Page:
Candidates at a Glance

The next presidential election in November 2008 will be the first change in presidency since 2000, when most THS students were still in elementary school. This election will also be the seniors’ first chance to vote in an important governmental election. 17 presidential candidates have taken their first steps in campaigning for the presidential race; the most recent Gallup Poll taken September 7-8 will describe the candidates’ current position in national favor.

Eight Democrats have officially announced candidacy: Joe Biden, Hillary Clinton, Christopher Dodd, John Edwards, Mike Gravel, Dennis Kucinich, Barack Obama, and Bill Richardson. Here are the top three:

Hillary Clinton
Hillary Clinton – the eldest of the major Democratic candidates at age 59 – holds the position of Democratic frontrunner, garnering 45% of the vote. Clinton runs a campaign taking a stance on many issues contrary to the current administration, with a heavy concentration on Iraq.

The most important part of Clinton’s Iraq strategy is to end military engagement and begin a quick and careful withdrawal of troops within her first 60 days in office. Clinton plans to follow up the withdrawal of U.S. troops from Iraq with U.N. mediation and major discussions with Iraq’s neighbors, concentrating on funding for Iraqi stabilization and non-involvement in the sectarian civil war.

Senator Clinton aims to lift the ban on stem cell research, which could lead to advancements beneficial to over 100 million Americans. She is also passionate about other social issues, including supporting a woman’s right to an abortion and reducing the number of unwanted pregnancies each year.

Barack Obama
The junior senator of Illinois and bestselling author Barack Obama currently holds second place of the Democratic favor with 24% of the poll vote.

At the core of Senator Obama’s campaign is his comprehensive universal healthcare which he plans to sign into law by the end of his first term in office. This plan would cover all medical services and would lower the average family’s premium by up to $2500. Obama will continue to take steps to remove the waste and inefficiency from the healthcare system to bring down the costs and improve the quality of care.

On the issue of education, Obama hopes to introduce a bill to increase the Federal Pell Grant (the government grant for college tuition) to at least $5100. Proposals to this bill even suggest further increasing the grant to $5400 (roughly 1/3 of the total cost at the University of Texas, Texas State University, and Texas A&M).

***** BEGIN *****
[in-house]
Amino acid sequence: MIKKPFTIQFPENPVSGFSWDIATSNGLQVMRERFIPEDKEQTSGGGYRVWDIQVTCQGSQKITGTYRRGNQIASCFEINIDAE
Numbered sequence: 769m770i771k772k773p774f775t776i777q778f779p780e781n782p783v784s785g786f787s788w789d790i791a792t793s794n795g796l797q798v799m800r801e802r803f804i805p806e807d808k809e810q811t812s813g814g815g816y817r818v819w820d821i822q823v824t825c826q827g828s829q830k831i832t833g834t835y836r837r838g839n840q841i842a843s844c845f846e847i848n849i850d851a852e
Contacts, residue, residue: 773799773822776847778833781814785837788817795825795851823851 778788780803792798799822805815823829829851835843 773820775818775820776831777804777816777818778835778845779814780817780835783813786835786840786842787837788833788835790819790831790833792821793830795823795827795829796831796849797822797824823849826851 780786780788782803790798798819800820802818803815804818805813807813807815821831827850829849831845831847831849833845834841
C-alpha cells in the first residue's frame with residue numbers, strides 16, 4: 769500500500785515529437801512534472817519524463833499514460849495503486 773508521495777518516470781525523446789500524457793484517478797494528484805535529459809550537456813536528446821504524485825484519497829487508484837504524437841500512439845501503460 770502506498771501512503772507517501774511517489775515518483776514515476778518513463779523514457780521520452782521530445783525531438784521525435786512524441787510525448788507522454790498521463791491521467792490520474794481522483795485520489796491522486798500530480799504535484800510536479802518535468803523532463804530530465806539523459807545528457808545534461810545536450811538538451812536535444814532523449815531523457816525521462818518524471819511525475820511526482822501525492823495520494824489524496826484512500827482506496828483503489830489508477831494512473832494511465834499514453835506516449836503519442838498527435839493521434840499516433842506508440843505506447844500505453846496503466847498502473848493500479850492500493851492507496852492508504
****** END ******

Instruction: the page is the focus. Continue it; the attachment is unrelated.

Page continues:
Obama is also passionate about recruiting and financially supporting educators for the nation’s schools. At the Take Back America 2007 Conference in June, Barack said, “As president, I will launch a campaign to recruit and support hundreds of thousands of new teachers across the country. It’s time to treat teaching like the profession that it is. It’s time to pay our teachers what they deserve.

John Edwards
John Edwards, the former junior senator of North Carolina for 6 years, holds the third spot with 16% of the Democratic vote. Though a devout Methodist, Edwards is a strong advocate for the separation of church and state, and he asserts that he will not impose his faith belief on the American people.

A defining issue for Edwards is his singular approach to financing students’ college tuition, an issue that could greatly affect THS’s graduates. Edwards’ College Opportunity Agenda is a larger scale version of his smaller pilot project, “College for Everyone,” which succeeded at Greene Central High School in Edwards’ home state of North Carolina. The gist of his agenda is if a student graduates from high school and they’re qualified to go to college and they commit to work at least 10 hours a week when they’re there, the College Opportunity Agenda covers their tuition and books for the first year.

This agenda also involves lowering tuition cost, eliminating subsidies given to banks for providing student loans (which would make $6 billion available to the U.S. Department of Education to make college more affordable), and substantially simplifying financial aid overall.